Help ID this frame (for Peugeot cognoscenti... I think!)

nimchimpsky82

Dirt Disciple
About 12 years ago I bought a flat handlebar fixie on eBay. It had been resprayed, stripped of all its decals etc. and had lots of probably unoriginal components, except perhaps for the front rim (Mavic CXP 33). The seller wasn't able to tell what manufacturer or frame it was. I got it because the size and price were right and because it was always just going to be a beater/training bike.

A few months ago I decided to upgrade it to drop bars, a better saddle and seatpost, Tannus airless tyres and most importantly (from the point of view of my knees :)) a freewheel. Oh, and brakes ha. It still is very much my beater bike, as you can tell from how filthy I allow it to get :LOL:, but it's a lot nicer now. Perhaps as a result I have started to wonder what it might be, underneath the custom paint job.

Based on especially the 24mm diameter of the seatpost I suspect the bike is a Peugeot, based on the internal brake cable routing I am inclined to think late 80s. I've looked at some old brochures on bikeboompeugeot but the resolution makes it quite hard to see details like mudguard braze-ons, gear cable braze-on, tube joints (clearly lugless on my bike, which makes me wonder whether the frame might be Carbolite 103), the recess in the chainstay, and so on.

I'll be very grateful for any suggestions!

 

marshalllucky

Retro Guru
Re:

I think this is a low end Motobecane. They used a similar internal brazing and at some point even shared production facilities with Peugeot on some models . Its the dropouts that lead me to this opinion and their unusually large mudguard eyes. They used the same in house tubing as Peugeot 103 but called it Motolite . I`d say its appx 1983 /4 ? .
 

pigman

Old School Grand Master
Re:

what are the airless tyres and how do they ride? If they are any good, this could be a commuter's godsend
 

nimchimpsky82

Dirt Disciple
Re:

Thanks both. I've been looking at more 1980s Peugeot and now also Motobecane catalogues but can't quite find a match. The '84 Peugeot PH10L comes close, for example in terms of the internal rear brake cable routing and gear cable braze-on on the chain stay. However, the joint between the seat stay and seat post isn't 'flattened off' as it is on my bike, and I can't find any photos of bikes that clearly show the prominent recesses on the chainstays, near the chainring, which mine has. Le quest continues!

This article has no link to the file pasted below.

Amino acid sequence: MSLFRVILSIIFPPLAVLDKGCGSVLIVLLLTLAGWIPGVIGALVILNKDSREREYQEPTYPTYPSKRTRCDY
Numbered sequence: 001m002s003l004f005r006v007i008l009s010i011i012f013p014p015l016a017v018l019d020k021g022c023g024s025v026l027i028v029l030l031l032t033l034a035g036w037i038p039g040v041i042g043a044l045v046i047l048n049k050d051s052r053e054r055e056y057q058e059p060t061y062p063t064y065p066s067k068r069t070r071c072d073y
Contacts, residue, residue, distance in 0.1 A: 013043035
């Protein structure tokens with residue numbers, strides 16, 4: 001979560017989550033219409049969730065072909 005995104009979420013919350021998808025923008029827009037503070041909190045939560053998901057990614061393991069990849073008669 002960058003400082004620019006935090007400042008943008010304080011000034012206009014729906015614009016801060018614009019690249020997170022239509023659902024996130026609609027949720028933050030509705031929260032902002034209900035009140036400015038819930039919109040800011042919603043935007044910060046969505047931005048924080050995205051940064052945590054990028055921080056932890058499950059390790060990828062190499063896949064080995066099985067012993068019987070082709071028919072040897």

The airless tyres are Tannus. There's some reviews available on the web, including a few decent videos by users on Youtube as well, such as: [youtube]https://www.youtube.com/watch?v=f2JXOwu87UU&ab_channel=TwoWheelCruise[/youtube]
and

[youtube]https://www.youtube.com/watch?v=IWFSBhZB7_M&ab_channel=DerekJones[/youtube]
I've only had them on for about 200 miles. My impressions so far are pretty good. There is a small but definitely noticeable increase in rolling resistance, even though mine are 23mm; I have seen one or two reviews that suggest that with bigger widths the difference is even clearer. I feel the increased resistance especially when coasting on rough and/or slightly uphill roads. In terms of comfort I disagree with some folks who have said that they're particularly harsh, but then I'm quite used to riding at high tyre pressures, 110psi or a little more. I believe the tyres are supposed to mimic around 100psi, and that feels about right.

The best thing about these tyres is obviously that I don't need to worry anymore about all the glass and other crap on most UK roads, and their poor state of repair. This actually helps me increase or maintain my speed in some situations where otherwise I would have slowed down.

That said, they are not bomb proof: I made the mistake of taking them onto a gravel path and after about a mile a piece of gravel got lodged in the front tyre. I was able to remove it but it left a small 'pit'. No big deal to have one of these (don't feel it when riding) but I will steer clear of gravel from now on. To be fair, I did find out afterwards that their use is specified as road only.

And on the upside: since my other road bike (vintage too but original) isn't really suited to rough stuff either I now have an excuse to look at (new) gravel bikes :D
 

nimchimpsky82

Dirt Disciple
Re: Re:

heymarge":3ei264zg said:
I’m pretty sure that it’s a Peugeot Premier P10N.

Mid to late 80s?

Merci heymarge! I'll check some old brochures but from what I've seen already it sounds pretty plausible.
 
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